NextFlex: Leadership Insights

U.S. has Established Leadership in Flexible Hybrid Electronics

Leaders from the innovation institutes in the Manufacturing USA network share how their efforts are helping the U.S. secure global leadership for emerging technologies in the critical strategic industries to help capture domestic manufacturing and lower hurdles for U.S. manufacturers to adopt these leading technologies.

Responses from Scott M. Miller, Ph.D., NextFlex’s Director of Technology. 

Headshot of Scott Miller
Scott M. Miller, Ph.D., Director of Technology

What transformative technological innovations is your institute working on related to any of these critical strategic industries?

NextFlex is advancing the technology and U.S. manufacturing capability for Hybrid Electronics, also called Flexible Hybrid Electronics (FHE), which is the field that enables the combination of printed / additive electronics fabrication and discrete electronic components, such as bare-die chips. FHE manufacturing enables electronics that can bend, twist, and stretch to take on new form, and provide new functions. FHE manufacturing also includes conformal electronics, built directly onto and into structures like body panels and radomes.

FHE is part of the broader microelectronics field and spans the conventional silos of microelectronics packaging and printed circuit board assembly. It has many applications, including:



  • Defense: Communications systems, sensors, wearable devices for health and performance, and asset monitors
  • Health and medical security: Wearable devices, including textile-integrated and stick-to skin devices for health and performance monitoring.  
  • Asset monitoring: Structural health monitoring and asset condition tracking
  • Automotive: Human machine interfaces for touch controls, interior lighting, sensing, and wire harnesses
  • Communications systems: Array antennas, and soft robotics.

And critically, FHE is an important part of the field of microelectronics packaging, which is one element of the recently passed CHIPS and Science Act.  Opportunities to expand and accelerate use of FHE in areas closer to traditional semiconductor packaging are especially exciting.

What are the opportunities that these innovations present? What’s at stake?

FHE is an emerging field that is projected to take off within the next two years, based on products that companies report having in active development.  There is not an established global manufacturing leader for FHE, and the U.S. is well positioned with leadership in R&D and manufacturers to support industry growth. Hence, the U.S. can claim the leadership position in this manufacturing sector without having to displace others. 

FHE manufacturing is particularly suited to U.S. manufacturing, because it aligns with high-mix/low-volume production and is not reliant on low-cost labor for economical production.  We need to move quickly to capitalize on this opportunity rather than ceding the leadership position we currently enjoy.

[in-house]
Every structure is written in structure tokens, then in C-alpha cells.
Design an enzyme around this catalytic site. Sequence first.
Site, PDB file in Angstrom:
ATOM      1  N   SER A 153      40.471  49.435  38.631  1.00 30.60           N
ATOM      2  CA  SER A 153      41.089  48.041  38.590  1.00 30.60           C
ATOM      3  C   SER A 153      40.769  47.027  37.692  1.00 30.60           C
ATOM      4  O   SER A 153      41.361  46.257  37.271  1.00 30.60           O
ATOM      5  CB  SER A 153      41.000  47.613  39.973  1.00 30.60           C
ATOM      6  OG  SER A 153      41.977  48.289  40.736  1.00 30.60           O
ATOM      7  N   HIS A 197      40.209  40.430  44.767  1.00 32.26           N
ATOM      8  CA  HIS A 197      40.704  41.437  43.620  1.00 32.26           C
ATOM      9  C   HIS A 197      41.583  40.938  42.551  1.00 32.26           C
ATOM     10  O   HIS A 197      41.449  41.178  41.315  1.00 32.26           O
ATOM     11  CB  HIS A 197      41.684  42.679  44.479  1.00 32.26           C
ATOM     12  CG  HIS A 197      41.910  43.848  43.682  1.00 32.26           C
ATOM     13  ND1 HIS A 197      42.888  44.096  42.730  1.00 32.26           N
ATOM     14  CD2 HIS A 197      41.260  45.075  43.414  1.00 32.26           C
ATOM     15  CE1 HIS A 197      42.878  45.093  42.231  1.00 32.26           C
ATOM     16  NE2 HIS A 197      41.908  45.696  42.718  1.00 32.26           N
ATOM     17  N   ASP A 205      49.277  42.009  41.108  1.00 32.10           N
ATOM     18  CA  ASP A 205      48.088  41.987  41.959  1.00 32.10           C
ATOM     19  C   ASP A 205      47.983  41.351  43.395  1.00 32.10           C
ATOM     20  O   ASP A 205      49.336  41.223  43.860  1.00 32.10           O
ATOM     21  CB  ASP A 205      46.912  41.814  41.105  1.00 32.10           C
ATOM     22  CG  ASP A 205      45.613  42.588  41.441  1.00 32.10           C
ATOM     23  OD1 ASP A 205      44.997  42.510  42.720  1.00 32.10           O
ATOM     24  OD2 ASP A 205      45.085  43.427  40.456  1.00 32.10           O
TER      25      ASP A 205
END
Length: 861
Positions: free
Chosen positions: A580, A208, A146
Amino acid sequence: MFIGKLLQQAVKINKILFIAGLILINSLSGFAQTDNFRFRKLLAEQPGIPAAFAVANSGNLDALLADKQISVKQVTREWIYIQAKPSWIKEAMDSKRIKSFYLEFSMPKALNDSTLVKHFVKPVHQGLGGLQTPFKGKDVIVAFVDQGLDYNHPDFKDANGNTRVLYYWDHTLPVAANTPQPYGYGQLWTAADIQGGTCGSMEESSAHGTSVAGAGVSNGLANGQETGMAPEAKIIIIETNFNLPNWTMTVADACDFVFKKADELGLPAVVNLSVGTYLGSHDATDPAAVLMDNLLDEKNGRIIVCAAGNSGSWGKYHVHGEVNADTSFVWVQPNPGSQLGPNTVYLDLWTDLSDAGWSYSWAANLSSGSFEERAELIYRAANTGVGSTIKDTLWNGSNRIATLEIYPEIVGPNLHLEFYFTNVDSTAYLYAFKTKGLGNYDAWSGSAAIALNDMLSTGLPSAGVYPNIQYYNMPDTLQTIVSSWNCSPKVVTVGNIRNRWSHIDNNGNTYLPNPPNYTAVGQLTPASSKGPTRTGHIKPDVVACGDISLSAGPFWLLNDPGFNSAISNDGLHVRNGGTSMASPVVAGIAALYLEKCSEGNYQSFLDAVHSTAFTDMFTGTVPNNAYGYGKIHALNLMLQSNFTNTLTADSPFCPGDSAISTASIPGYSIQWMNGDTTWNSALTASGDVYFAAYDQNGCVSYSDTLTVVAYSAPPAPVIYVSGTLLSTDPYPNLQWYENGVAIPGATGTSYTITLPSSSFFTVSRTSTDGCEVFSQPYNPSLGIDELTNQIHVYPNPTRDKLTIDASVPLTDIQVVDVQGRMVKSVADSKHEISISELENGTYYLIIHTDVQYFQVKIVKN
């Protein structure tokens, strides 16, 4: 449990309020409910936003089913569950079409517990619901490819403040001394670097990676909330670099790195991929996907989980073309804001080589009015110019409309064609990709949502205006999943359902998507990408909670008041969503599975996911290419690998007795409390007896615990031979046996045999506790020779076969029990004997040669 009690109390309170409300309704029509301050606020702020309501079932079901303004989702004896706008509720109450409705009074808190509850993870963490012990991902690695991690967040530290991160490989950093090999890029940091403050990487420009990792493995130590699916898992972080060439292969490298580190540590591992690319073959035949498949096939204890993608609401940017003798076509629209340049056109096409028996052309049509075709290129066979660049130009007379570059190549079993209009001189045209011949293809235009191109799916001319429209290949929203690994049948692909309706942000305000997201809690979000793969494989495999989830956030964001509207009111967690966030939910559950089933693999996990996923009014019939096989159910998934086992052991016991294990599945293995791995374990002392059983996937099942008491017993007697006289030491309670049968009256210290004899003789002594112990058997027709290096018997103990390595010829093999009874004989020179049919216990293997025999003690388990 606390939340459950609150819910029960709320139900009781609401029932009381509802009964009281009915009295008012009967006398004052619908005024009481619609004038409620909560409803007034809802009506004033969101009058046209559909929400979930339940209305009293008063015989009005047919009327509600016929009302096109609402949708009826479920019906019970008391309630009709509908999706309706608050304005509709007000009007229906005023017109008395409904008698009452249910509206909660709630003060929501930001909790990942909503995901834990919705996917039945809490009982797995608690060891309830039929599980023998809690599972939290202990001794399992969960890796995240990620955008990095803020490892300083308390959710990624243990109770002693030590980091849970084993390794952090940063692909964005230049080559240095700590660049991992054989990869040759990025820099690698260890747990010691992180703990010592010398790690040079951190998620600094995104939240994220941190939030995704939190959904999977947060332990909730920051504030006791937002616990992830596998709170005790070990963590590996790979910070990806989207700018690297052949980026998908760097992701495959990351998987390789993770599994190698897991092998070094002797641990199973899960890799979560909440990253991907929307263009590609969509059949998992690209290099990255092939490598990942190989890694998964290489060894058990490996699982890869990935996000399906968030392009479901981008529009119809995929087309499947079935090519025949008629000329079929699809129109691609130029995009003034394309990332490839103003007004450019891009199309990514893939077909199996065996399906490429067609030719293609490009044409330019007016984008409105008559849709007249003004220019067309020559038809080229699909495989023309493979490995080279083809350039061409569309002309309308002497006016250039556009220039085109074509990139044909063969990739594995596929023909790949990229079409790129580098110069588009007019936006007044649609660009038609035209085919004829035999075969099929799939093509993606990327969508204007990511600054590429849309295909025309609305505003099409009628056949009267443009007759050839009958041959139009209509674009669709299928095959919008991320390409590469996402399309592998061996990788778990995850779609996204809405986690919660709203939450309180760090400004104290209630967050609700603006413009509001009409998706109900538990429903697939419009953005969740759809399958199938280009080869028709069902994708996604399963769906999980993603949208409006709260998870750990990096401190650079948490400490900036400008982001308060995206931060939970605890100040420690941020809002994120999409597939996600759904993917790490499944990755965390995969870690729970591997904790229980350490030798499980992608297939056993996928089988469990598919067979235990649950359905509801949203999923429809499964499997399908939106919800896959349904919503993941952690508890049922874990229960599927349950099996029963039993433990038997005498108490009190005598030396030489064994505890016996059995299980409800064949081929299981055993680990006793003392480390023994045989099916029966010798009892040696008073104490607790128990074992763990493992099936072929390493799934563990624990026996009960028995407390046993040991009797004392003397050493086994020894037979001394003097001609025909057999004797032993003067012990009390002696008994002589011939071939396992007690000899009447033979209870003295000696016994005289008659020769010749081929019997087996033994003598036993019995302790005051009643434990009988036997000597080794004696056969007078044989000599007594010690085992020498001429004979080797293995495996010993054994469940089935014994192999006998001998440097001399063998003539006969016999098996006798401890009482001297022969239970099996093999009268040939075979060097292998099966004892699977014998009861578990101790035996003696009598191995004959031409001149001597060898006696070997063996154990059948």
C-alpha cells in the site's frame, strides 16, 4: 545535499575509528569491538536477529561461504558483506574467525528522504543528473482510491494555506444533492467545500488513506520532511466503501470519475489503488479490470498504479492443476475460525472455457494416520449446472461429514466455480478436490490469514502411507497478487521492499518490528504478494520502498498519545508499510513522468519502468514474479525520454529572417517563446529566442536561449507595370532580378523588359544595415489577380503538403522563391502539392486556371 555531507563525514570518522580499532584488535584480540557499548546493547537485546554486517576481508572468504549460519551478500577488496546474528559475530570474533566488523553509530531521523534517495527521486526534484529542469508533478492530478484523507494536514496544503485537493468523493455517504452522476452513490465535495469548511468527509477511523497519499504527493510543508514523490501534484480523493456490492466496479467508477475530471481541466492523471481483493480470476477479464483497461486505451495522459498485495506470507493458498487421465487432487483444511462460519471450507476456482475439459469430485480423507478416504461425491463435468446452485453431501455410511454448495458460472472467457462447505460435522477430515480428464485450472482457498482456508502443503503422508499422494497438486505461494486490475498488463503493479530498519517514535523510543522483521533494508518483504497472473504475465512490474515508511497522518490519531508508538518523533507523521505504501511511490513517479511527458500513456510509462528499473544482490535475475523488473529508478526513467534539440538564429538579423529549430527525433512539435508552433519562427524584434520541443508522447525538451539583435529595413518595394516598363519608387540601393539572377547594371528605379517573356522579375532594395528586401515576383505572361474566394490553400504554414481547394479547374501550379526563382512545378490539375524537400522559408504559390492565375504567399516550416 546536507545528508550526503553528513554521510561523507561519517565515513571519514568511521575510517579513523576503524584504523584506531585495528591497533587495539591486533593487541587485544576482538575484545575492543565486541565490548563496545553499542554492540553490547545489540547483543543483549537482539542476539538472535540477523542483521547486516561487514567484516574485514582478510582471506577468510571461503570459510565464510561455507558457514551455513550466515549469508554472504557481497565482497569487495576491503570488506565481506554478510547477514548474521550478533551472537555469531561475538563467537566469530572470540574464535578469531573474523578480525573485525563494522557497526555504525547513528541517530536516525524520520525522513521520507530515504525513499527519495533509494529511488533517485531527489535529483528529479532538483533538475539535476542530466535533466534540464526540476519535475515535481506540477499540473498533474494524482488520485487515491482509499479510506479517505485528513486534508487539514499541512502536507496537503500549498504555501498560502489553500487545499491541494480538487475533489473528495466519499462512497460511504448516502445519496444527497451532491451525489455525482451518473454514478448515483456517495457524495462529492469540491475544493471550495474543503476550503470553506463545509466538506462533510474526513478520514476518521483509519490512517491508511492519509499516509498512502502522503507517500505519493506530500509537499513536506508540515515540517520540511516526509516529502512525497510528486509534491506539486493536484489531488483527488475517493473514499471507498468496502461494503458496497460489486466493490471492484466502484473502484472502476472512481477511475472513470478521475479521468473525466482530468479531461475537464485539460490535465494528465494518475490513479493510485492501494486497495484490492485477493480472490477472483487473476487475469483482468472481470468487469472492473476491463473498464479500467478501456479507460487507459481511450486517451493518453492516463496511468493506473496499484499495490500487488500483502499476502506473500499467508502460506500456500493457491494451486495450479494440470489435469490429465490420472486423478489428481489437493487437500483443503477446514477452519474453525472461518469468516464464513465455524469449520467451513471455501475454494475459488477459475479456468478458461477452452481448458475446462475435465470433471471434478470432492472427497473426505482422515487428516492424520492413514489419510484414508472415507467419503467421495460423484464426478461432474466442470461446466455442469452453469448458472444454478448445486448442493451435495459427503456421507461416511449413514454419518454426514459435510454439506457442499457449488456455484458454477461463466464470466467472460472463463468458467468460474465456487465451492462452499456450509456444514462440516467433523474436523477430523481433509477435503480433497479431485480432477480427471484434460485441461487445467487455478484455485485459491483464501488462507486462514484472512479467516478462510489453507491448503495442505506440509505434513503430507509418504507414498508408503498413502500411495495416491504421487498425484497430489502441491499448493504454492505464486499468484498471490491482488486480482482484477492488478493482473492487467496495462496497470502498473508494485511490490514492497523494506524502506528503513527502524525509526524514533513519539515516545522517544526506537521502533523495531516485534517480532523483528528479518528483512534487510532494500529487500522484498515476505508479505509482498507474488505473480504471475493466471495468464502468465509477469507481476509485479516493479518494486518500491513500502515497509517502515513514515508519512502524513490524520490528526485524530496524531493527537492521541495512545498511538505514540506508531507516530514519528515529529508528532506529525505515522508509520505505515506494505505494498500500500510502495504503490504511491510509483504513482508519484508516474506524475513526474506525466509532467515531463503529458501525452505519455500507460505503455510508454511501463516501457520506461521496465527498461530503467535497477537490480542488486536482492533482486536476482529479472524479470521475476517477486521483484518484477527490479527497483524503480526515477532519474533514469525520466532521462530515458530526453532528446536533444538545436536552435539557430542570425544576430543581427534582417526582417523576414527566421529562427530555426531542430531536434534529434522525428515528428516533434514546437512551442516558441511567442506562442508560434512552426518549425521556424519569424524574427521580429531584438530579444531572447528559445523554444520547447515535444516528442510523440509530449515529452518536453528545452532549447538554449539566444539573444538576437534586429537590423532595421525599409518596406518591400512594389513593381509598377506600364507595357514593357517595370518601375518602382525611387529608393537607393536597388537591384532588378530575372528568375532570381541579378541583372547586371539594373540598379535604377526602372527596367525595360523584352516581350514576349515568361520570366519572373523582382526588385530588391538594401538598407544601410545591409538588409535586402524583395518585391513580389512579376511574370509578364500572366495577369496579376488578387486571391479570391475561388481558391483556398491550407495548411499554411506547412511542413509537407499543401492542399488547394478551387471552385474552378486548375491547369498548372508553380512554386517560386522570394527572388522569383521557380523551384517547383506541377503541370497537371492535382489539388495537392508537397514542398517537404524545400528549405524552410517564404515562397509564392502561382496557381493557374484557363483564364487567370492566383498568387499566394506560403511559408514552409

How does your institute help the U.S. capture the value added from these technological innovations in our domestic manufacturing and supply chains?

NextFlex has three lines of effort that help the U.S. capture value from the technological innovations in FHE.  

First, we bring together a large group of companies and researchers working in this area to align around common objectives and a shared vision. To this end, institute members have developed and continuously update shared roadmaps for the field, including identifying gaps in current state of the art, which NextFlex then funds projects to address. Those projects are carried out by teams of members that compete for funding; the teaming strengthens the ecosystem and supply chains.

Second, we operate a pilot line at our headquarters, the NextFlex Technology Hub, which serves to both develop the technology and prove manufacturability. This facility is accessible to members and U.S. industry. Learnings from that work are shared with members to elevate knowledge, and the developments – which are carried out for the Department of Defense, other government, and commercial clients – work toward technology transitions.

Third, NextFlex has education and workforce development programs ranging from our K-12 education program, FlexFactor®, that has deployed in schools around the country to attract students into STEM career pathways in FHE and other areas; to a learn-and-earn program to link community college students with regional employers; to programs for university students and the incumbent workforce that raise awareness and teach domain-specific topics in FHE technology and manufacturing.

What are the needs and opportunities your institute is addressing in building a skilled workforce to support these innovations?

As an institute working in an emerging technology area, it is important to raise awareness among the incumbent workforce so that the technology can be integrated into products. In addition, like many manufacturing sectors, companies in FHE have an acute need for skilled technician-level workers in many regions of the country. NextFlex is working to support the development and growth of the regional manufacturing workforce with programs and partners around the country, through programs that link students, schools, and manufacturers.

What are tipping points you see that will lead to more wide-scale adoption of these innovations?

FHE is at a tipping point now. Two of the critical needs for accelerated adoption are development of standards for FHE devices and greater availability of data on proven long-term reliability. Efforts to address both are underway. As FHE products scale up and become more widespread, fast followers will begin to move into the field, which will enable exponential growth.


Learn more about NextFlex